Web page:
Large quantity SQL Injection mitigation

Published: 2008-11-20
Last Updated: 2008-11-20 04:00:28 UTC
by Jason Lam (Version: 1)
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As botnets and other automated tools are hammering at websites trying to exploit SQL injection vulnerabilities, site operators are trying hard at defending their websites.  ASProx and other botnets were hitting hard at the ASP + MS SQL platform, millions of websites fell victims to the SQL injection vulnerabilities already. Although there has been a decline of wild SQL scanning by ASPRox type of botnet, we are still not in the clear yet. The unauthenticated portion of some sites might be secure, but the authenticated portion might be totally vulnerable. Since most scans only target what can be seen by Googlebots, there are still tons of web pages out there vulnerable waiting for exploitation.

If you have tons of vulnerabilities on your site, you likely will take some time to fix all of it as fixing code isn't the easiest and fastest thing to be done. A short term remediation to SQL injection can be web application firewall. Web application firewall (WAF)  is similar to a network firewall except it also inspect the application layer information, such as cookies, form fields and HTTP headers. With Microsoft IIS as web server, one of the quickest and easiest WAF solution maybe Microsoft's Urlscan, it is an addon to IIS5 and built-in for later versions of IIS. Urlscan runs as an ISAPI filter, so it can be easily deployed and removed. Since version 3.0 of Urlscan, there are decent level of coverage on SQL Injection capabilities. The biggest complaint is that Urlscan do not inspect HTTP request body (POST data), so it could be missing attacks that are submitted using POST.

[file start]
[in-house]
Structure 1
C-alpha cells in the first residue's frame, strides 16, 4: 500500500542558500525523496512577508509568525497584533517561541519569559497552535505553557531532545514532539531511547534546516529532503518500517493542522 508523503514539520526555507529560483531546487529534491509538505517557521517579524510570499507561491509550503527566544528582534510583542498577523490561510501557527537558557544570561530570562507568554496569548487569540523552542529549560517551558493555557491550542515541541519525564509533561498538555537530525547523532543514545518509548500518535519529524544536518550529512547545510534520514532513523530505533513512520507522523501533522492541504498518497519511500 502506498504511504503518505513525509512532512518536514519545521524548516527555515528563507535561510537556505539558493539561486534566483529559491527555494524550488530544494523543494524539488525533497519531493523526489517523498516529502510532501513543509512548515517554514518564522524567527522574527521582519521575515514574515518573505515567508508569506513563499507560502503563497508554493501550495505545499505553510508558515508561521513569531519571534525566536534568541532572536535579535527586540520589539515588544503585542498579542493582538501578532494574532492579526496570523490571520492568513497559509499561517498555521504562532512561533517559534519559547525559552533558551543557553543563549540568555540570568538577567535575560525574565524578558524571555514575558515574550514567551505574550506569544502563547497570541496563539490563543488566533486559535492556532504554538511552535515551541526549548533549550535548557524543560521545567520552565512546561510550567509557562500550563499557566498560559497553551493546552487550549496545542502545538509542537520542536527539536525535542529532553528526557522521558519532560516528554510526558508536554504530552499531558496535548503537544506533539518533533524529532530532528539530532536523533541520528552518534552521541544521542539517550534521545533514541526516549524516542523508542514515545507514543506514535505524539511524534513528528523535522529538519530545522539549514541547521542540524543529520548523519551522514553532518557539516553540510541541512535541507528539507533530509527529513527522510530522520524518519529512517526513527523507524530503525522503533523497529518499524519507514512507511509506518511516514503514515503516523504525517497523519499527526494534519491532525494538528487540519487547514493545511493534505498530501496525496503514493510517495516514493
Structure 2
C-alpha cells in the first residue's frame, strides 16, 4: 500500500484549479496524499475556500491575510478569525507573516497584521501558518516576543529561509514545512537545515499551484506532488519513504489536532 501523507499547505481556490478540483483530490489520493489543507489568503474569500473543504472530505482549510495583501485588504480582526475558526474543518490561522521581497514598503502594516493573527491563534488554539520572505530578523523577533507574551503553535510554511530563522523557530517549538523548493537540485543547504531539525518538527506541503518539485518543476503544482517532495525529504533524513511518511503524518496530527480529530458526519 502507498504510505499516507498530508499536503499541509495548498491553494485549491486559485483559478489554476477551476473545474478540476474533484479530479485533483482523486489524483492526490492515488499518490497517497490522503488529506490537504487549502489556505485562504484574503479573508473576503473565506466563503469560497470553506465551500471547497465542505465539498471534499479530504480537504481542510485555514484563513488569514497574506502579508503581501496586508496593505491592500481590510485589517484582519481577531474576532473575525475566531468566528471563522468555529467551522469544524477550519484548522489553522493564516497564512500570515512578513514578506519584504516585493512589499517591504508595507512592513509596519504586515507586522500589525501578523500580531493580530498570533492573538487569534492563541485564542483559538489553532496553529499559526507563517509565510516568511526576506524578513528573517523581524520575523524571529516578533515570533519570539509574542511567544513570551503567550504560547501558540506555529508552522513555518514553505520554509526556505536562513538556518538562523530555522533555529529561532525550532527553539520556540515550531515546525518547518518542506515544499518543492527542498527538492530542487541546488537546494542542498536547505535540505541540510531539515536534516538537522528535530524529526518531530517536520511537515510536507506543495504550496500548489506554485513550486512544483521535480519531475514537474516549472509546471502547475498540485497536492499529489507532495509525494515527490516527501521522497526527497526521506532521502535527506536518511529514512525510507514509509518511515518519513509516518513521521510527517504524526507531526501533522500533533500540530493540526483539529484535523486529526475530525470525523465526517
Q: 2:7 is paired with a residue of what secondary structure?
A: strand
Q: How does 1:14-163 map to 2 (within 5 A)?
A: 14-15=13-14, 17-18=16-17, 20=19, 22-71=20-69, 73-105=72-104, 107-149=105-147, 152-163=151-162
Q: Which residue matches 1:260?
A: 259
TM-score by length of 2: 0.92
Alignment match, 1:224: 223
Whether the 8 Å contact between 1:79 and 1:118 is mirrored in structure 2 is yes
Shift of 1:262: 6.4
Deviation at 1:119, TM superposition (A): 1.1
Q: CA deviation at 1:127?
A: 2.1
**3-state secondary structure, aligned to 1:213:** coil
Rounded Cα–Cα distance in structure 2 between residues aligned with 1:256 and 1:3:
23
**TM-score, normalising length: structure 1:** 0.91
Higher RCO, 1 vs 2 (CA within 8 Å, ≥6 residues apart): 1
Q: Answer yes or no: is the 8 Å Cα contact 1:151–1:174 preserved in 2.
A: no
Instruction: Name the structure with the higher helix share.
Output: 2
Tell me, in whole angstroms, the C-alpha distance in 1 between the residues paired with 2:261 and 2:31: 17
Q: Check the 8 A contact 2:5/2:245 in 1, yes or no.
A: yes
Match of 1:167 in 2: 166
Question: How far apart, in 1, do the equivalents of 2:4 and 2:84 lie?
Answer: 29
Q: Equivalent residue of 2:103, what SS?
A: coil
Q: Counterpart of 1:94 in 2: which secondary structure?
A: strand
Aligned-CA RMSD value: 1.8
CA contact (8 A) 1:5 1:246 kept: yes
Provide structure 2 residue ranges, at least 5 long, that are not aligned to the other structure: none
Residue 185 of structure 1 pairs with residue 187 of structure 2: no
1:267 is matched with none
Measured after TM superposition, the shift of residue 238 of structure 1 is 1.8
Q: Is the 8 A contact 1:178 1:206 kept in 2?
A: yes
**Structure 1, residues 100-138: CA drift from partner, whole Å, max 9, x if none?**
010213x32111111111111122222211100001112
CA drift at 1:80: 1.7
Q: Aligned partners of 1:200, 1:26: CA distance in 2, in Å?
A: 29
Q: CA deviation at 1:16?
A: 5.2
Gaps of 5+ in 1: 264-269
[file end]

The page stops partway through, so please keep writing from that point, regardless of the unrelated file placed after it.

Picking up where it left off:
I have recently played with another free WAF product on IIS called Webknight and found it to be easy to config and full of nice features. The default configuration file is reasonably tight. In most cases, you would probably want to loosen things up so Webknight won't break your site with false positives. It inspects SQL injection in header, cookies, URL and in POST data. The detection is based on hitting two of the preset SQL keywords. For most cases, this generally works well. It may render false positives with some more complex textarea field that expect various text. Overall, Webknight is a good WAF that can fulfill basic protection needs.

Remember that WAF products are meant to be an extra layer of defense and/or a very short term mitigation until you fix up all the code. For mitigation, you are really just buying yourself more time before a compromise happens. While WAF do a good job at making the site harder to compromise, they have various limitation, the most effective long term mitigation is still fixing up the code.

Jason Lam, author of SANS web app courses - 319, 422, 538

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